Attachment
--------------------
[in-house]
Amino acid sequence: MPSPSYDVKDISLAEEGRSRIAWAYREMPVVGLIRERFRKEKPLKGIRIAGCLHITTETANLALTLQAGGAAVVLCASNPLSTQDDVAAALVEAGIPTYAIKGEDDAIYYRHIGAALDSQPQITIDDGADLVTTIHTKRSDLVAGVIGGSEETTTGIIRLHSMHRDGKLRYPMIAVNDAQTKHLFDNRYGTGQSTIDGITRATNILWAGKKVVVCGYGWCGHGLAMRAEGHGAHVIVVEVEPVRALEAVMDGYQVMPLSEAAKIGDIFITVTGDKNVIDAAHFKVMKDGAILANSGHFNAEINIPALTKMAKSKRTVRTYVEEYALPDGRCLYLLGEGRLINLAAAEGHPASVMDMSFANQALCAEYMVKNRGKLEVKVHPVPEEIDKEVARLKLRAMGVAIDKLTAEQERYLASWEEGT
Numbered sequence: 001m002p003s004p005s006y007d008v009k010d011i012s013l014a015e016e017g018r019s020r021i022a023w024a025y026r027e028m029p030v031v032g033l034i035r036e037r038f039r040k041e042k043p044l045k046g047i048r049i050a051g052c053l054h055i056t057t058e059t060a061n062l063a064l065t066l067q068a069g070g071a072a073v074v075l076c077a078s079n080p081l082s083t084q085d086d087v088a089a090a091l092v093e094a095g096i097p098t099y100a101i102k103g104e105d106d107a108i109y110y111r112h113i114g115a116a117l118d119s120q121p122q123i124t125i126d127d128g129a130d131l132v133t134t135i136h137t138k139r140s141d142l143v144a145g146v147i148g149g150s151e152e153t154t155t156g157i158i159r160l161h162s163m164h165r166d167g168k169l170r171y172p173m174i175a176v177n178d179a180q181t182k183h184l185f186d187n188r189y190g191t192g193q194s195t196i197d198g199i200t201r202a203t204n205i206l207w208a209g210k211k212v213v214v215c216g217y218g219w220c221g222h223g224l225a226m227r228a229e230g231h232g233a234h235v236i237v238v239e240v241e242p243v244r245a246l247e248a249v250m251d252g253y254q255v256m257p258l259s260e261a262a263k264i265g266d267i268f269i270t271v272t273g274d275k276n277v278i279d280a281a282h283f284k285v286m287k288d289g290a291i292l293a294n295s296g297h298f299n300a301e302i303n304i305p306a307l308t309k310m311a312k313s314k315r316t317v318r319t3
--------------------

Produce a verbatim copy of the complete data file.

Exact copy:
[in-house]
Amino acid sequence: MPSPSYDVKDISLAEEGRSRIAWAYREMPVVGLIRERFRKEKPLKGIRIAGCLHITTETANLALTLQAGGAAVVLCASNPLSTQDDVAAALVEAGIPTYAIKGEDDAIYYRHIGAALDSQPQITIDDGADLVTTIHTKRSDLVAGVIGGSEETTTGIIRLHSMHRDGKLRYPMIAVNDAQTKHLFDNRYGTGQSTIDGITRATNILWAGKKVVVCGYGWCGHGLAMRAEGHGAHVIVVEVEPVRALEAVMDGYQVMPLSEAAKIGDIFITVTGDKNVIDAAHFKVMKDGAILANSGHFNAEINIPALTKMAKSKRTVRTYVEEYALPDGRCLYLLGEGRLINLAAAEGHPASVMDMSFANQALCAEYMVKNRGKLEVKVHPVPEEIDKEVARLKLRAMGVAIDKLTAEQERYLASWEEGT
Numbered sequence: 001m002p003s004p005s006y007d008v009k010d011i012s013l014a015e016e017g018r019s020r021i022a023w024a025y026r027e028m029p030v031v032g033l034i035r036e037r038f039r040k041e042k043p044l045k046g047i048r049i050a051g052c053l054h055i056t057t058e059t060a061n062l063a064l065t066l067q068a069g070g071a072a073v074v075l076c077a078s079n080p081l082s083t084q085d086d087v088a089a090a091l092v093e094a095g096i097p098t099y100a101i102k103g104e105d106d107a108i109y110y111r112h113i114g115a116a117l118d119s120q121p122q123i124t125i126d127d128g129a130d131l132v133t134t135i136h137t138k139r140s141d142l143v144a145g146v147i148g149g150s151e152e153t154t155t156g157i158i159r160l161h162s163m164h165r166d167g168k169l170r171y172p173m174i175a176v177n178d179a180q181t182k183h184l185f186d187n188r189y190g191t192g193q194s195t196i197d198g199i200t201r202a203t204n205i206l207w208a209g210k211k212v213v214v215c216g217y218g219w220c221g222h223g224l225a226m227r228a229e230g231h232g233a234h235v236i237v238v239e240v241e242p243v244r245a246l247e248a249v250m251d252g253y254q255v256m257p258l259s260e261a262a263k264i265g266d267i268f269i270t271v272t273g274d275k276n277v278i279d280a281a282h283f284k285v286m287k288d289g290a291i292l293a294n295s296g297h298f299n300a301e302i303n304i305p306a307l308t309k310m311a312k313s314k315r316t317v318r319t3